Attorney-at-Law

BREAKING THE RECORD

In Uncategorized on 11/19/2014 at 21:36

We all know that the record in a case is the key, the linchpin, the cornerstone; you win or lose on the record. An advocate’s whole art can be found in building the record.

No opinions out of Tax Court today, and the one STJ Lew (“He Can Spell”) Carluzzo designated hitter is a Rule 40(b) failure to state a claim by a frivolity merchant.

But here’s an example from The Judge With a Heart, STJ Robert N. Armen, Jr., who shows what happens when an advocate doesn’t build a record.

This is Dardanelle Community Hospital, LLC, Docket No. 303-14L, filed 11/19/14. And to show what a menschadicher dude I am, I won’t name IRS’s attorney.

IRS’s attorney moves for summary judgment. And STJ Armen gives the usual no-trial-is-needed, but nonmovant gets every favorable inference spiel.

But then IRS’ record crumbles. Badly.

STJ Armen: “The record in this case is sparse. In addition, the record lacks both a declaration by the settlement officer who conducted the hearing and certified transcripts of petitioner’s accounts.” Order, at p. 1. (Footnote omitted, but see infra, as my high-priced colleagues say).

Not a strong start. Procedure 101 taught us that summary J motions need to be accompanied by admissible proof, like affidavits, affirmations and declarations from persons with personal knowledge of the facts therein alleged, and copies of relevant documents, whose provenance is duly attested.

And the footnote hereinabove referred to doesn’t make things better. “Remarkably, although respondent did not offer certified (or indeed, any) transcript of account in support of his motion, petitioner attached as exhibits to its Opposition transcripts for two of the three taxable periods at issue in this case; notably, however, those transcripts were non-certified and temporally stale and therefore of little, if any, value. But even if we were to overlook respondent’s failure to offer certified transcripts of recent vintage, the fact remains that the record does not include any transcript for the most recent taxable period at issue.” Order, at p. 1, footnote 1.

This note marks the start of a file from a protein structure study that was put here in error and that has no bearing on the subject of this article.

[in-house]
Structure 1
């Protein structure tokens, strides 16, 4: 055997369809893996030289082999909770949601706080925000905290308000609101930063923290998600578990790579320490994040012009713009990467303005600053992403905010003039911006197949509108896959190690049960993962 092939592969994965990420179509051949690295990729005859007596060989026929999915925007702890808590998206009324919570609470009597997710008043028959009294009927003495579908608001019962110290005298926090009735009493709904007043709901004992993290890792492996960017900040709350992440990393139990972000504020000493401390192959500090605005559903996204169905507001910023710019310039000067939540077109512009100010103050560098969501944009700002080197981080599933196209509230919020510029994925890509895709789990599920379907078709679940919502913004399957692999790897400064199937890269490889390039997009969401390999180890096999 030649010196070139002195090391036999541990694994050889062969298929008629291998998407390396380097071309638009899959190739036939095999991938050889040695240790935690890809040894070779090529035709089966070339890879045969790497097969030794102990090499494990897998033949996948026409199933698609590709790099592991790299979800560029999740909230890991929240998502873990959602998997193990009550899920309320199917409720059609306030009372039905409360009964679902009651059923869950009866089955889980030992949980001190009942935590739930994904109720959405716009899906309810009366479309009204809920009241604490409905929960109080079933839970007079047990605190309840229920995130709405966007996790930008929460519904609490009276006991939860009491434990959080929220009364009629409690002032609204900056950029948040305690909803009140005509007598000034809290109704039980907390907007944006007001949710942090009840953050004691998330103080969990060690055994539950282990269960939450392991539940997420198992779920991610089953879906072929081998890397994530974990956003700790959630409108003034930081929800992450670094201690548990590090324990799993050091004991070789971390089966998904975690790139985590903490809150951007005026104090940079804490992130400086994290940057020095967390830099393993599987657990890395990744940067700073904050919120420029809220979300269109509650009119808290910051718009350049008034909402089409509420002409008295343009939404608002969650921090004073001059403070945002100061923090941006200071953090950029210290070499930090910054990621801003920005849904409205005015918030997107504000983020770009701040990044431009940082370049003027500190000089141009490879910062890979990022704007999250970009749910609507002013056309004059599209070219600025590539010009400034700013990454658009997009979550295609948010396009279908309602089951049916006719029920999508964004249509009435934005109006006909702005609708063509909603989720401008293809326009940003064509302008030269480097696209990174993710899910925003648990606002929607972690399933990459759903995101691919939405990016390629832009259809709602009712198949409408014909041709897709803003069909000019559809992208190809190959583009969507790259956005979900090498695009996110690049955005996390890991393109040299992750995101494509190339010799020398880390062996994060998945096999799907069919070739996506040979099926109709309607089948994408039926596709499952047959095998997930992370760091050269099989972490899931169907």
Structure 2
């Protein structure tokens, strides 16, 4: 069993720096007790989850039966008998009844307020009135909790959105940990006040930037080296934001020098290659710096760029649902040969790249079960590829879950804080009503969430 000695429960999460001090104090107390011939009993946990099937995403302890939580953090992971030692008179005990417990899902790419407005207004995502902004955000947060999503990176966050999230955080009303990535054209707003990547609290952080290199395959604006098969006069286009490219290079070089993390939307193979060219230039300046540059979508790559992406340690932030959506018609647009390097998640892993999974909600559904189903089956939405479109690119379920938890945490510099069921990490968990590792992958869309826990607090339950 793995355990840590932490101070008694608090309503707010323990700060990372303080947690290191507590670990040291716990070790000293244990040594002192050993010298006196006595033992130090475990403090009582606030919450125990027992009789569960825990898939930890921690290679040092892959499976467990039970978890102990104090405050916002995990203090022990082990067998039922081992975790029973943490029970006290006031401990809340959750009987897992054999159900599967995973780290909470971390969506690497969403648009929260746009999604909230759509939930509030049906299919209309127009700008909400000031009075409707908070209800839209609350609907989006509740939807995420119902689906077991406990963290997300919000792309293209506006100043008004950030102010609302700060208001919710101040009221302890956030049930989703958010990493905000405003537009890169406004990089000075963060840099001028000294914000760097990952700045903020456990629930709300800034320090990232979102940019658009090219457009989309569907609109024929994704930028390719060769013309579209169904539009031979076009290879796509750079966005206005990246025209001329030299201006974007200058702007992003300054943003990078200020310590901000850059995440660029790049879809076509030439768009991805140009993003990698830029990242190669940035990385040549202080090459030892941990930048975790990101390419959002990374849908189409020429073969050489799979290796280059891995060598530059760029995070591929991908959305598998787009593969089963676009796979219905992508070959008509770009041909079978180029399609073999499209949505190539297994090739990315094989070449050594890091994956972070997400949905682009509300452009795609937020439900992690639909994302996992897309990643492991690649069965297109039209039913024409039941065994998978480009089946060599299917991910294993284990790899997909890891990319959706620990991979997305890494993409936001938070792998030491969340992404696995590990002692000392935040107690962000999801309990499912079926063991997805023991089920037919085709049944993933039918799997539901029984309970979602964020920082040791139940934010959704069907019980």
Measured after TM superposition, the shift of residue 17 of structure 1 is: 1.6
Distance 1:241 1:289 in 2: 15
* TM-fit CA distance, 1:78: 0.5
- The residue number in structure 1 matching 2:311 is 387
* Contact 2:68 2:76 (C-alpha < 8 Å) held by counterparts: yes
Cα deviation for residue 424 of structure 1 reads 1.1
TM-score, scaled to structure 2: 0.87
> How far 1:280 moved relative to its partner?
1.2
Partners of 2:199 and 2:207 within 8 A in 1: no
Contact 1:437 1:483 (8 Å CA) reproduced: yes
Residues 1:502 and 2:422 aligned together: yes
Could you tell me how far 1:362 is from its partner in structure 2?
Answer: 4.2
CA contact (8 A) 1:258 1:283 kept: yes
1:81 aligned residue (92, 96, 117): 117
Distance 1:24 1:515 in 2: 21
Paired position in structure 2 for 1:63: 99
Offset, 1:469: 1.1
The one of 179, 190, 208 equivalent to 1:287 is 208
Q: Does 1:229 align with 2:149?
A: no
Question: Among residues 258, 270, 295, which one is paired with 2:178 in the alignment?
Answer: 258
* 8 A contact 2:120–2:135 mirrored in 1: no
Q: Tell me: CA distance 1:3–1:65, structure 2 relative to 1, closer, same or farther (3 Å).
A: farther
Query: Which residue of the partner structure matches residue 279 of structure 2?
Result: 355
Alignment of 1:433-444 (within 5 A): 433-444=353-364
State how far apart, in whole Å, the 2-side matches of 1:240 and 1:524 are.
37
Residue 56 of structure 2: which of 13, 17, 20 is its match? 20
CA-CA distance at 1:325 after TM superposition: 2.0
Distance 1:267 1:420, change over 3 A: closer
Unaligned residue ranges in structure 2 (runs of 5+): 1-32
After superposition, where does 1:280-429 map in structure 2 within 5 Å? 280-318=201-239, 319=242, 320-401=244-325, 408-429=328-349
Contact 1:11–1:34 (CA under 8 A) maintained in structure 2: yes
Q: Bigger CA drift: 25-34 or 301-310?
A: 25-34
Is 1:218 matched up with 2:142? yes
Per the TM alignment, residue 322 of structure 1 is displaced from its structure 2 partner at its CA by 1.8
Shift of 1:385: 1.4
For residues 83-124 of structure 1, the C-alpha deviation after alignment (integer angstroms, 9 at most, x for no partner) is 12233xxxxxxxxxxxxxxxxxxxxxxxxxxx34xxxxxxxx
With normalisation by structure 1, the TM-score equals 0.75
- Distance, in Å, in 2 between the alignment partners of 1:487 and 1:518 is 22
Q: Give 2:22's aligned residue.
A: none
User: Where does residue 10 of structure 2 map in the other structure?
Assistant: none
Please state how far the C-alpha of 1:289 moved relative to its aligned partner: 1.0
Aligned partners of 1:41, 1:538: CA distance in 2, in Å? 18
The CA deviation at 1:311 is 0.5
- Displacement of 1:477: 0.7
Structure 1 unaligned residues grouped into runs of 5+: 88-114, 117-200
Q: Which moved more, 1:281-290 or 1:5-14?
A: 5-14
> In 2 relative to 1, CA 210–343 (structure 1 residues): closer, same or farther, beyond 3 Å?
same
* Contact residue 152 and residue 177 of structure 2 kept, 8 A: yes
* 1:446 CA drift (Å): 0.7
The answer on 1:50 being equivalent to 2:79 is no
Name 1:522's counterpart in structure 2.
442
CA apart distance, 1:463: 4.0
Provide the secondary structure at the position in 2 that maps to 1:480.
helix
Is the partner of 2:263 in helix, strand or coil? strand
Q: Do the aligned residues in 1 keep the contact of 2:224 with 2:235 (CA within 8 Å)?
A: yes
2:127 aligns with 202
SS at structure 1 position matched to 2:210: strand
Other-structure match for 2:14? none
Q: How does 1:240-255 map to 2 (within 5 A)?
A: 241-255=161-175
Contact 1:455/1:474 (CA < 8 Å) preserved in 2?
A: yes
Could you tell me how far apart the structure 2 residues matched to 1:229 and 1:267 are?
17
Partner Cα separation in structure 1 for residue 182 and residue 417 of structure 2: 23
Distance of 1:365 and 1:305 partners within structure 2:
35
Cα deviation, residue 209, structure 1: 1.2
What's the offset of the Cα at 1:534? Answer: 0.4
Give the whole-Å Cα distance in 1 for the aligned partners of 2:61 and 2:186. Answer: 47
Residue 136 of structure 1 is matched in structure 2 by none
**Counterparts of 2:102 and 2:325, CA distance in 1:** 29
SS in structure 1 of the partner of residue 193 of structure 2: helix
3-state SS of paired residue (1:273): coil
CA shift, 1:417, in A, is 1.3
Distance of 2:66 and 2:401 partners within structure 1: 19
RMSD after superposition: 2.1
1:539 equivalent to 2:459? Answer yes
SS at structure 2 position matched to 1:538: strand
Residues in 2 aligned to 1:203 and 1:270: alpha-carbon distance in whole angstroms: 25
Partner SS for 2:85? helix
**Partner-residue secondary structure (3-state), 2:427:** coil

When your adversary’s opposition papers include a hint of the essential evidence you left out, it is time to prepare for what someone, in a much more exalted position than anyone in IRS Counsel’s Office, called “the wrath to come.”

STJ Armen finds a couple of minor issues, like whether Dardanelle owed any taxes to begin with, and exactly what the SO verified by way of compliance with applicable law and administrative procedures.

So STJ Armen buries the summary J motion in a footnote. “In his motion, respondent invokes the bar of I.R.C. section 6330(c)(2)(B). In contrast, the settlement officer did not. Rather, the settlement officer ‘reviewed the documents submitted by the rep and the administrative record’ and ‘[b]ased on the evidence submitted by the taxpayer and the Service’s administrative record’ concluded that ‘[t]he taxpayer failed to meet the reasonable cause criteria.’ In so concluding, the settlement officer utilized a ‘four part multi-factor test to determine reasonable cause for non-compliance.’ In applying the test the settlement officer asserted that the taxpayer ‘has a long history with non-compliance dating back to 2010’, that the taxpayer ‘is not a first time depositor’, and that ‘[d]uring the time of the non-compliance the taxpayer paid all other creditors including pay checks to the LLC members.’ These are all factual matters, but there is no predicate to support them them [sic] in the record before us; and the ultimate issue of reasonable cause is, of course, a quintessentially factual matter, which is ordinarily not suitable for adjudication by summary disposition.” Order, at p. 2., footnote 2.

Better luck on the trial. And with your next summary J motion.

 

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